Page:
While there are a lot of points to be made over the last three games and we’ll touch on some of them in the recaps, can we talk a little about Kodi Whitley? Hopefully it’s just a bit of a slump but his last two outings have been concerning. After his first appearance against the Giants, he had allowed one run in 8.2 innings and, more notably, just one walk and eight strikeouts during that span. He pitched on Saturday and last night and, combined, he’s walked five and struck out two in 1.1 innings. He walked all four men he faced Saturday (and three of them came around to score, two after T.J. McFarland came in) and against the Orioles was better–again, four outs, two by strikeout–but still allowed two hits, a walk, and a hit batter. The final blow was a double from Anthony Santander that scored a run and left runners on second and third. This time, Nick Wittgren came in and stranded them, but it’s still an uncharacteristically rough look from Whitley.
I picked out a random game from last September and tried to compare it with last night. I’m also not a graphic person at all, so I can’t really get these to line up well, but here’s a comparison.
Again, it’s not a comparative sample, but you can see that Whitley was missing up a lot more than he was in the game from last season. I checked Thursday night’s game and it’s more similar to last year–very few out of the top of the zone, maybe one. Saturday, when he walked everyone? Looks a lot like last night. It hopefully is just that his mechanics are out of whack a bit and he can get back in line with what he’s been doing. If this continues, though, there may be some health issue that needs to be looked at.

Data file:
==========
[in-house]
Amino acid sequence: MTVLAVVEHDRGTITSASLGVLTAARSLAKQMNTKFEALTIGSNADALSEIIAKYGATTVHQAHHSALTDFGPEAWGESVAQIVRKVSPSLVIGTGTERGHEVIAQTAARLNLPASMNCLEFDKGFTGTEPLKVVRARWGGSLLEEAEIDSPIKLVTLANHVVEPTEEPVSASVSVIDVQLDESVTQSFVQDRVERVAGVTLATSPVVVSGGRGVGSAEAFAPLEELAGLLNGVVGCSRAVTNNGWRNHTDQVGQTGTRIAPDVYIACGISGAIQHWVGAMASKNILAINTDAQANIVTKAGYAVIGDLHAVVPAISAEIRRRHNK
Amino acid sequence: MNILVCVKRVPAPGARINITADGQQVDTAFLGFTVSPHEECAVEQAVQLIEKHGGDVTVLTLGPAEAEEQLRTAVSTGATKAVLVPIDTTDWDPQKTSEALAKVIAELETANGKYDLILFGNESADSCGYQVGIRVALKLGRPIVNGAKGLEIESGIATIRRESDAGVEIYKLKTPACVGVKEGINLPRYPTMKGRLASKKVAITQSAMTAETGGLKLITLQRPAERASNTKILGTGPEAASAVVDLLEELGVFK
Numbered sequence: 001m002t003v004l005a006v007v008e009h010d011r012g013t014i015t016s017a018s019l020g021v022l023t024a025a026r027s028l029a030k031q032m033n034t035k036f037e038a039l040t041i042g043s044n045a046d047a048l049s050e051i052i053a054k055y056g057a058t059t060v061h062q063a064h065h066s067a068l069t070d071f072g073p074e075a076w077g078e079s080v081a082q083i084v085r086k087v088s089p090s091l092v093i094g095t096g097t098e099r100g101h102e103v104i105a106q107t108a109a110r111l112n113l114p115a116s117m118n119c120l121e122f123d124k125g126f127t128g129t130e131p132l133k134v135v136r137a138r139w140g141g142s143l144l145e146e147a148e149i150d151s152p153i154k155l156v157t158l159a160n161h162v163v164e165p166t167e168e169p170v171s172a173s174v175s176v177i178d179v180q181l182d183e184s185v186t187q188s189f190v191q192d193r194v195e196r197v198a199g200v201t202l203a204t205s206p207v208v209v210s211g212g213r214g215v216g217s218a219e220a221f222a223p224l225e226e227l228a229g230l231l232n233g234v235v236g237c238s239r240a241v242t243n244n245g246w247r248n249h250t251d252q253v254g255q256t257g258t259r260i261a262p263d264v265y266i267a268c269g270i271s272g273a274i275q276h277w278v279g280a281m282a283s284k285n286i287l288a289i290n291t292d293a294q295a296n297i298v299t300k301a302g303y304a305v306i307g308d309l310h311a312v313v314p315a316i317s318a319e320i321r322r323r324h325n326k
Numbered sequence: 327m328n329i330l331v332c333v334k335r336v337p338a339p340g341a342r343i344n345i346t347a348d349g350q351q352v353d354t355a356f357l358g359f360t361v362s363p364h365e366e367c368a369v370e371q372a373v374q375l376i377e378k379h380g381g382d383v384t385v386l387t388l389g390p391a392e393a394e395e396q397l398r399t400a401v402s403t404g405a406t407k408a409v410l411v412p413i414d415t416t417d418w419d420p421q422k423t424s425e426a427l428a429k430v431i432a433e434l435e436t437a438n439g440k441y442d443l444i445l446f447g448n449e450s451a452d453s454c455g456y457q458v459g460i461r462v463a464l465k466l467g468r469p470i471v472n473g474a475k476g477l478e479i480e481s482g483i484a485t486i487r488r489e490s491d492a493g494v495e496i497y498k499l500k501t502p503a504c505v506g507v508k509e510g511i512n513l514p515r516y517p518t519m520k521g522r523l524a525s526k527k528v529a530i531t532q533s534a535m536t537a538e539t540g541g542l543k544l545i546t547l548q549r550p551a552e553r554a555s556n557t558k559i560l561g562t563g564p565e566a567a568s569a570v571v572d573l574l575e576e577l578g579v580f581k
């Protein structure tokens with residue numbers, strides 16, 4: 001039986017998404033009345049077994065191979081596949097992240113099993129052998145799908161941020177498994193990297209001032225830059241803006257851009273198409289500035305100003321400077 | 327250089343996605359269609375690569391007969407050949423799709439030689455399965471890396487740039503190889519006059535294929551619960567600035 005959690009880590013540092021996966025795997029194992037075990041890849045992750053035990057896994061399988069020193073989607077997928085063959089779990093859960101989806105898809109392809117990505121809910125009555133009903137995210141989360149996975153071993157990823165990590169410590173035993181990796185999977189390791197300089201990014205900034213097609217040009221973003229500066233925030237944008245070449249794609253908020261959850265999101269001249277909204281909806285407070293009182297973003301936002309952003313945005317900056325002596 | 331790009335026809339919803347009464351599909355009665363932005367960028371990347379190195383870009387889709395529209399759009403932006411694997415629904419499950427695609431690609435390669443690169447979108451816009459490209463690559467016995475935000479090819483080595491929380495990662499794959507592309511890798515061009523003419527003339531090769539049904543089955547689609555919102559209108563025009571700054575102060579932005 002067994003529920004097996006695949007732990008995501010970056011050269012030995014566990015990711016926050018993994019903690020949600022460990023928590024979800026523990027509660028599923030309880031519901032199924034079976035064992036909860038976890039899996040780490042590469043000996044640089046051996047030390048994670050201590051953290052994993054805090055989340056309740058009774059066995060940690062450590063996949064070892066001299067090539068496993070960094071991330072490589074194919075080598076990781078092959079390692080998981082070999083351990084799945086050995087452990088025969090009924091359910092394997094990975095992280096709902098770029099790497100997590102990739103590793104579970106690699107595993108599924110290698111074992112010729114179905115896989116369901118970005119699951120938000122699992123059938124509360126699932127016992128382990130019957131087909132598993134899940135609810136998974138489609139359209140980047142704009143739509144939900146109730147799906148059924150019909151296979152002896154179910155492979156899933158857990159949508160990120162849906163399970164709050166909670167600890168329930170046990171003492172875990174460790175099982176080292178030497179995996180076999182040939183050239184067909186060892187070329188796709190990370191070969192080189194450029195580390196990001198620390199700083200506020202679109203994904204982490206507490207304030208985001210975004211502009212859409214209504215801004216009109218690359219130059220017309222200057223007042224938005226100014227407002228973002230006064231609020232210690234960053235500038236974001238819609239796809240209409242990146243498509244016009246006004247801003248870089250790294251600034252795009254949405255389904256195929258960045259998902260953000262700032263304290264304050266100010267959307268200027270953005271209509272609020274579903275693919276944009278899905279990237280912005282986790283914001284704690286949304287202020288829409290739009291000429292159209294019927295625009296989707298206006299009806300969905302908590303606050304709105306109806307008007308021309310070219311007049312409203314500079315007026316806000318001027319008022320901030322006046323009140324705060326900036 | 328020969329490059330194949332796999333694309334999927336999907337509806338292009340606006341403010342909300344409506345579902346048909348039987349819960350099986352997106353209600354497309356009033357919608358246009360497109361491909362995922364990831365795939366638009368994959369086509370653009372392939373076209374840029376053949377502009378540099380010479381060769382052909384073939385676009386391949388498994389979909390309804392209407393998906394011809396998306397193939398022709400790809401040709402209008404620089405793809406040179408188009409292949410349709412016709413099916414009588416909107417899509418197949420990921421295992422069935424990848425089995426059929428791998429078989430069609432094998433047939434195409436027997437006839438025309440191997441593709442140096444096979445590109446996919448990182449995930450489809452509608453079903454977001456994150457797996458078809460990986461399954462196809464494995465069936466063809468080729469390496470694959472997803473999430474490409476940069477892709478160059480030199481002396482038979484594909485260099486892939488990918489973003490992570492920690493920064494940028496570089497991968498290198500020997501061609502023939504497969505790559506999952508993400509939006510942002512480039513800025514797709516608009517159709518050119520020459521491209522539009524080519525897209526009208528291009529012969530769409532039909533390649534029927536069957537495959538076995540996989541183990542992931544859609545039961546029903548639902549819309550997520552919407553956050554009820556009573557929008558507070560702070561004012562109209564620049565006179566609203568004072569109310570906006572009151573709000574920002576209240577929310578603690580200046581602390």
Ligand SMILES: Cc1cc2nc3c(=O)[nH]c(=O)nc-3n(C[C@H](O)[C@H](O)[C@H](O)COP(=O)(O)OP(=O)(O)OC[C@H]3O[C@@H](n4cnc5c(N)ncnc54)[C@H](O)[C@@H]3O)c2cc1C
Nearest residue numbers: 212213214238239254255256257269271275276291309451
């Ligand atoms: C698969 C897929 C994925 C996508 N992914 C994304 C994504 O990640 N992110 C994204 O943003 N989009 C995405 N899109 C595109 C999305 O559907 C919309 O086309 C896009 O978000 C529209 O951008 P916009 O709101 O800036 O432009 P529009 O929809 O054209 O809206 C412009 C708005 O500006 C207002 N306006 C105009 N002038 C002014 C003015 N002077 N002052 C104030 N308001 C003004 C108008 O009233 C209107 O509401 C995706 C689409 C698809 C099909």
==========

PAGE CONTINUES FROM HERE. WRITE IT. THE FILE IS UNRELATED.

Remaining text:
The Cardinals get Mikolas out there tonight and hopefully a better Matz on Thursday afternoon (though that afternoon should be our first test on whether the ball is going to travel in the heat), so maybe they can get on track before the Giants come in to complete the season series. With Adam Wainwright not likely to go until they get back on the road (which means there’s at least one starting opportunity for him and Yadier Molina lost), Sunday could be a challenge so it’d be real great if the Cards could figure out a way to win four in a row and then not give them all right back.
Friday (3-2 win at San Francisco)
Hero: Ryan Helsley. You could give it to much of the bullpen for holding the line until the offense could do something, but Helsley did it with the most flair as he’s done all season. He faced five batters, coming in with a runner on, and struck out four of them. For his efforts, he actually picked up his first win of the year.
Goat: Tyler O’Neill. 0-4, three strikeouts, two left on. Unfortunately, we’ve seen similar lines from TON way too often this season.